The waiter: "So where you guys from?" ('Cause you're not from around here.)
Welcome to the Bronx.
A couple of weeks ago I headed up there with some old friends, the brothers C. and J., in search of some good pizza. J., who was in town from CA for only a few days, deserves special accolades for his willingness to come along. What a sport! Surely New York City possesses more tempting things to do than to trek nearly an hour to its northernmost borough for pizza.
In order to get the most from our effort, we endeavored to visit three pizza places for our extended Friday lunch.
First stop was Schuylerville for a visit to Louie & Ernie's a beloved pizzeria that originally opened in 1947. Located on the ground floor of a cute little house in a clean, apparently-working class area -we felt like we'd stumbled into another world.
Louie & Ernie's pizza packs a bigger crunch than the average New York pie. The bottom was dusted, not heavily, with cornmeal (or possibly semolina). The tomato sauce was a little watery, but in a good way: the sensation was not unlike eating fresh tomatoes. The sausage, for which Louie and Ernie's is known, was very good: rather large crumbles that elegantly floated atop the rest.
The above photos (#2 viewable with mouseover) are from Louie and Ernie's.
The next stop was Coal's, a restaurant specializing in grilled pizza, which opened in 2004. Located near a hospital in an otherwise sparsely populated neighborhood, we had the unfortunate experience of noticing a dead cat on the roadside after our meal.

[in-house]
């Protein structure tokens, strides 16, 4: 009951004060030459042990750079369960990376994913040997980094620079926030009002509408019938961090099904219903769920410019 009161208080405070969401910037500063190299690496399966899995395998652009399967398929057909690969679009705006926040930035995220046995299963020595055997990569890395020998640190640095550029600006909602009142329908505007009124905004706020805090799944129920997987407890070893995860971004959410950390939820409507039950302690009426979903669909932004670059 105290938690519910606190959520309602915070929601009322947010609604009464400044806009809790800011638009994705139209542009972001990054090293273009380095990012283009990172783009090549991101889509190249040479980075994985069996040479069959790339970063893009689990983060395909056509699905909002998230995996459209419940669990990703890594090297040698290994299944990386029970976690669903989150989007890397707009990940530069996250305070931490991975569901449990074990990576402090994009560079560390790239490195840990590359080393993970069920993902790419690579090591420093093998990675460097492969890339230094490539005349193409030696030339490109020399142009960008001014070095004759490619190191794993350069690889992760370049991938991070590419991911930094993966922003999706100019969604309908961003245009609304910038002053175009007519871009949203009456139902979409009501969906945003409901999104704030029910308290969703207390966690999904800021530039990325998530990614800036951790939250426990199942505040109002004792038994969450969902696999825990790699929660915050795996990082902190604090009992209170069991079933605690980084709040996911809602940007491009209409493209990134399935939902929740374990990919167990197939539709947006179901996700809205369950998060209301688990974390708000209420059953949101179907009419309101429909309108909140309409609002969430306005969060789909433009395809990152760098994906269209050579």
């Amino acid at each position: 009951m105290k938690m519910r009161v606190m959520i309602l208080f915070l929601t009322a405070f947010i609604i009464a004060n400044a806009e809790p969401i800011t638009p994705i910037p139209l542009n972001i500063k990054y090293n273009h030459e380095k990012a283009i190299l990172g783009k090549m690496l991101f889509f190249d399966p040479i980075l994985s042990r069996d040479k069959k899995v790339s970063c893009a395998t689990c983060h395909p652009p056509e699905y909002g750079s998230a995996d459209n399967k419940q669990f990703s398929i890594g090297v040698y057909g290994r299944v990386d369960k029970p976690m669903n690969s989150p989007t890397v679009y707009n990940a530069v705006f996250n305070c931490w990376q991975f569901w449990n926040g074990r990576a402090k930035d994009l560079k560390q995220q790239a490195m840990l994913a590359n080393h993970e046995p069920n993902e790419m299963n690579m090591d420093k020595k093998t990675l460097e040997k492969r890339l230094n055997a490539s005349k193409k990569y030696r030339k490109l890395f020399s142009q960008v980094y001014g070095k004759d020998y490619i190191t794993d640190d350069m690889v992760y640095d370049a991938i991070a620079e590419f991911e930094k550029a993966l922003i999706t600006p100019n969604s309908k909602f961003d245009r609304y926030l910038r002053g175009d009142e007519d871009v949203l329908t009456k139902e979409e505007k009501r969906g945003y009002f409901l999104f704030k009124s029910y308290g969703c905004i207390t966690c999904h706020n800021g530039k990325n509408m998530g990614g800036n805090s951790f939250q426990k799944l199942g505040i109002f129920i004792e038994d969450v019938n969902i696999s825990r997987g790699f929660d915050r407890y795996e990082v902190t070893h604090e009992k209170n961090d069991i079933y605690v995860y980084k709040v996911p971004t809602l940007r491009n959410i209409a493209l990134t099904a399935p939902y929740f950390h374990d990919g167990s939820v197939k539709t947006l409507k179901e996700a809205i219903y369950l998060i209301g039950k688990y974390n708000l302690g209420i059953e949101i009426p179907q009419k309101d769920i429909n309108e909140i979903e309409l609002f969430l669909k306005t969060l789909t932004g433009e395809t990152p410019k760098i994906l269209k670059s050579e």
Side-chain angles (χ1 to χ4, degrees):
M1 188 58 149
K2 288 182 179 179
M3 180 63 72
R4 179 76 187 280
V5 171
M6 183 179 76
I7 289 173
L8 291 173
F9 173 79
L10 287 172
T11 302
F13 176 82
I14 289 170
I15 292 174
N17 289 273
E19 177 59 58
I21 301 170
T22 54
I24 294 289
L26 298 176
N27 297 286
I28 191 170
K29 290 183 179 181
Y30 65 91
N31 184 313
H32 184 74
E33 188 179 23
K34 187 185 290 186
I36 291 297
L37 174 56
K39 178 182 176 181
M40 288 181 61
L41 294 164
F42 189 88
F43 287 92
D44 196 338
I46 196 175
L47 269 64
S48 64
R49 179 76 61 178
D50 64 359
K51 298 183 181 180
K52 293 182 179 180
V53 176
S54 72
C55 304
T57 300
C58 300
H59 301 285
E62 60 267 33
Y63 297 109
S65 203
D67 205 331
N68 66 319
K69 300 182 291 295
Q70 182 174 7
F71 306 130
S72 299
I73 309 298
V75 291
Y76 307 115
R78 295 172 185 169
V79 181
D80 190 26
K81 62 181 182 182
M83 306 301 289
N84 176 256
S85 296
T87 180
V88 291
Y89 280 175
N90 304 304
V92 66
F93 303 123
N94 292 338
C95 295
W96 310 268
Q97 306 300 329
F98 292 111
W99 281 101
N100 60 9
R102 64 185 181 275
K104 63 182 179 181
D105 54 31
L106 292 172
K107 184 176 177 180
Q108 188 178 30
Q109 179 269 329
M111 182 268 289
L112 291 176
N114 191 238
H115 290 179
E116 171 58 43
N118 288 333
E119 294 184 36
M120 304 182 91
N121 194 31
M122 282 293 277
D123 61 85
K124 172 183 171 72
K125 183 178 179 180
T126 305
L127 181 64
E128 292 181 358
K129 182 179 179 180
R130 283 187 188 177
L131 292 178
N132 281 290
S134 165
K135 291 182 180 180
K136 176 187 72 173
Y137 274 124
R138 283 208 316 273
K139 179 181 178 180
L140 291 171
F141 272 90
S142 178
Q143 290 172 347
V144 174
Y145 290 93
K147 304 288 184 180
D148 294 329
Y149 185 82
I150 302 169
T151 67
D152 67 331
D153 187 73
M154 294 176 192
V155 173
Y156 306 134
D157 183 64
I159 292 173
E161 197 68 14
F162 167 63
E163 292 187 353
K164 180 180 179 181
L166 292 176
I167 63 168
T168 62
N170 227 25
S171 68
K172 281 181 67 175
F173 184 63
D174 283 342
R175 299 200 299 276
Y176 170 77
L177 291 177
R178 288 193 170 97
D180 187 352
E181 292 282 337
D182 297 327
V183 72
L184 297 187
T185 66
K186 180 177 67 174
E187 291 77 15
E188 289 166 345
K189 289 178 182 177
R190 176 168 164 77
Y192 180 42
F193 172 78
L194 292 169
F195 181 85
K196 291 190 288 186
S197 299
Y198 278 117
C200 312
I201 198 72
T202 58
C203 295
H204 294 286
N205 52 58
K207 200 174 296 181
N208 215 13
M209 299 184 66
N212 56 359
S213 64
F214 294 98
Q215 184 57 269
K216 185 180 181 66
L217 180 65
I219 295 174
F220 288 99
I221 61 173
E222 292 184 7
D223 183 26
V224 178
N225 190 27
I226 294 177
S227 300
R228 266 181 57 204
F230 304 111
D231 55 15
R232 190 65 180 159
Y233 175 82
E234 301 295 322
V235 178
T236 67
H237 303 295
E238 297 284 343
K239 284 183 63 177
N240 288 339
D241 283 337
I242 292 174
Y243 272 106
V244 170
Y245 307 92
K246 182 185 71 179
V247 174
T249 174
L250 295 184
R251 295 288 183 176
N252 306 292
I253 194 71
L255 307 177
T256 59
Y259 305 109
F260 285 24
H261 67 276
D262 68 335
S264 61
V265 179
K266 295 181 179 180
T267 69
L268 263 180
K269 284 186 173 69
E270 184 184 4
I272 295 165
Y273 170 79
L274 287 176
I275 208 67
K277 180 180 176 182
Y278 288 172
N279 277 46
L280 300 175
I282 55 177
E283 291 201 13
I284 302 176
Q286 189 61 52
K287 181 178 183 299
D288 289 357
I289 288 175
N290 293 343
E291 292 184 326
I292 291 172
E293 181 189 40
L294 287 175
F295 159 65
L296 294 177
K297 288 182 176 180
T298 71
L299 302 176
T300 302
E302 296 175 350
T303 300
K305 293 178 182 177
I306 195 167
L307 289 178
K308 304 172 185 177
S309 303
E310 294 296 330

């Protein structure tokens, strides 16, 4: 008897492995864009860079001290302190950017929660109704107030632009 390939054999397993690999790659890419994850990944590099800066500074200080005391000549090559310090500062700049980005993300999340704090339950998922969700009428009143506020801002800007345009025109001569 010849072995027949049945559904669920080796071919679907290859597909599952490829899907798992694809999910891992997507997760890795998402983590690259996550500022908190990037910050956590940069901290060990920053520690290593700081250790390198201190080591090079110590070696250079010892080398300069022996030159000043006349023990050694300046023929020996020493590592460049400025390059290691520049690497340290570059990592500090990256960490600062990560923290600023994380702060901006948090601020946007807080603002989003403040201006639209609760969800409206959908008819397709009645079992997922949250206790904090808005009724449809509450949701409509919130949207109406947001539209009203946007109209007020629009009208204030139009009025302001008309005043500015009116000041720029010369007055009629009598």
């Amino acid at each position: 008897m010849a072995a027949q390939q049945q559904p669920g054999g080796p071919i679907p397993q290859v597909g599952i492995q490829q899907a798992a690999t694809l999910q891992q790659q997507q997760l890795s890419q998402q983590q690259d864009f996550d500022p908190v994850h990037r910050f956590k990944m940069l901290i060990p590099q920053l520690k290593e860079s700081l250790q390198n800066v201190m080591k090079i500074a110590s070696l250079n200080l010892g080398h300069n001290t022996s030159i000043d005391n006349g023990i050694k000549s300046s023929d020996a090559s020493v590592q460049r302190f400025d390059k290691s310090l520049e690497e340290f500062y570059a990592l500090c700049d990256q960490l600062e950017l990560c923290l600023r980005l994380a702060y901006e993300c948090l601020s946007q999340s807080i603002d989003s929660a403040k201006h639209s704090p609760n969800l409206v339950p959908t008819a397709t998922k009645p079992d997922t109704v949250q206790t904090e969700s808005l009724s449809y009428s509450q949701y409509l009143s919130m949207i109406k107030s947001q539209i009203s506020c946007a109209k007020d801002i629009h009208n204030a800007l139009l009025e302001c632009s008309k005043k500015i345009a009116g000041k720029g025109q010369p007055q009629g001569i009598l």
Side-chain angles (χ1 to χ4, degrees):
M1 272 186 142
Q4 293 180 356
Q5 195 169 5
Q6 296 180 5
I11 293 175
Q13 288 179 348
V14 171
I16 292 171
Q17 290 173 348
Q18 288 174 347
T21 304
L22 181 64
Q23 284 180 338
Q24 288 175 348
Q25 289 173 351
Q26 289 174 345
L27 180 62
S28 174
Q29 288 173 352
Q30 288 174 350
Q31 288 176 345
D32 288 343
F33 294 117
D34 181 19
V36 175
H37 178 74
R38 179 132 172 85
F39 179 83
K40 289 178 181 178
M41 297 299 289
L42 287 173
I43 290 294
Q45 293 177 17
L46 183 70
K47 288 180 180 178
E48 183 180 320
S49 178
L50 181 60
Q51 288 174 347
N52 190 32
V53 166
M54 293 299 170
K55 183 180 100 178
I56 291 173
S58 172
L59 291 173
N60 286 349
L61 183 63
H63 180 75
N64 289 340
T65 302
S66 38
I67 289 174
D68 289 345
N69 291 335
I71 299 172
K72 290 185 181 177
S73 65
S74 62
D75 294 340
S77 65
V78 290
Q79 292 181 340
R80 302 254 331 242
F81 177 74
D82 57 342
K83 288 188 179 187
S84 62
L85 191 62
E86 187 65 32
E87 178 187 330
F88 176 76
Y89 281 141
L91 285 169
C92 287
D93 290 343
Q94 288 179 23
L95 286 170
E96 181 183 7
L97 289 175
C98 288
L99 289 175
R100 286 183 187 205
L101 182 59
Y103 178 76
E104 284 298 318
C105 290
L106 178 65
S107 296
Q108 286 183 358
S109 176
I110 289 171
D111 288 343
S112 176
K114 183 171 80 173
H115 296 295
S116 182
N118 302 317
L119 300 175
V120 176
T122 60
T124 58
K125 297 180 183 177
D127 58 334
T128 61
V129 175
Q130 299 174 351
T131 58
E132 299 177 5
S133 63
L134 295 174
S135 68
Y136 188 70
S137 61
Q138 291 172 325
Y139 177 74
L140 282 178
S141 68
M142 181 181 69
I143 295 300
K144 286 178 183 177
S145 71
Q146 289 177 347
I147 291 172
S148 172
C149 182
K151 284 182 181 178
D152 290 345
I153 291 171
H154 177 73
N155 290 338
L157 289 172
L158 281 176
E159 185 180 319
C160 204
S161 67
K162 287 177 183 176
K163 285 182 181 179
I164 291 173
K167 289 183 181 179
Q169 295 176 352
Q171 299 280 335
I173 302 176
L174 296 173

The pizza, however was very good. C., who has been to Al Forno (famous grilled pizza in Providence, RI) thought that the thin crust was perfectly cooked. It was crispy, not crunchy. We wondered if the sauce, which tasted like a gourmet jarred sauce (picture Rao's or similar) was actually homemade, but the bartender/server said that it absolutely was.
Our final stop was Mario's, an Italian restaurant on Arthur Avenue - an historic Italian street very worth visiting. At this point C. and J. were both done with pizza (was it the cat?!). Mario's serves whole pies only, and while I waited for my order (small plain, to-go), they each had a couple lemon ices.
I discovered, while visiting Mario's, something far more interesting than its pizza: that Mario's may be the oldest NYC restaurant that has offered pizza from the start. Lombardi's, which claims to be the oldest, was closed from 1986-1994, and it is not at the original address. Totonno's opened in 1924. But Mario's opened its doors in 1919.
Today, the place is an old school Italian restaurant with a whole menu of dishes -- but pizza has been deemphasized since the 1960s. It does not even appear on the dinner menu. The restaurant will, however, serve it to sit-down customers if they also order (much pricier) entreées.
The Bronx really seems a world apart from NYC. In Brooklyn -- or at least Brooklyn near the river crossings -- life unfolds in the shadow of Manhattan and in many regards is an extension of the same high rents and cool people. (Or is it the other way around?!)
When asked his overall impressions of the Bronx, C. noted that there was nothing at all trendy about the place. No doubt he meant that as a high compliment!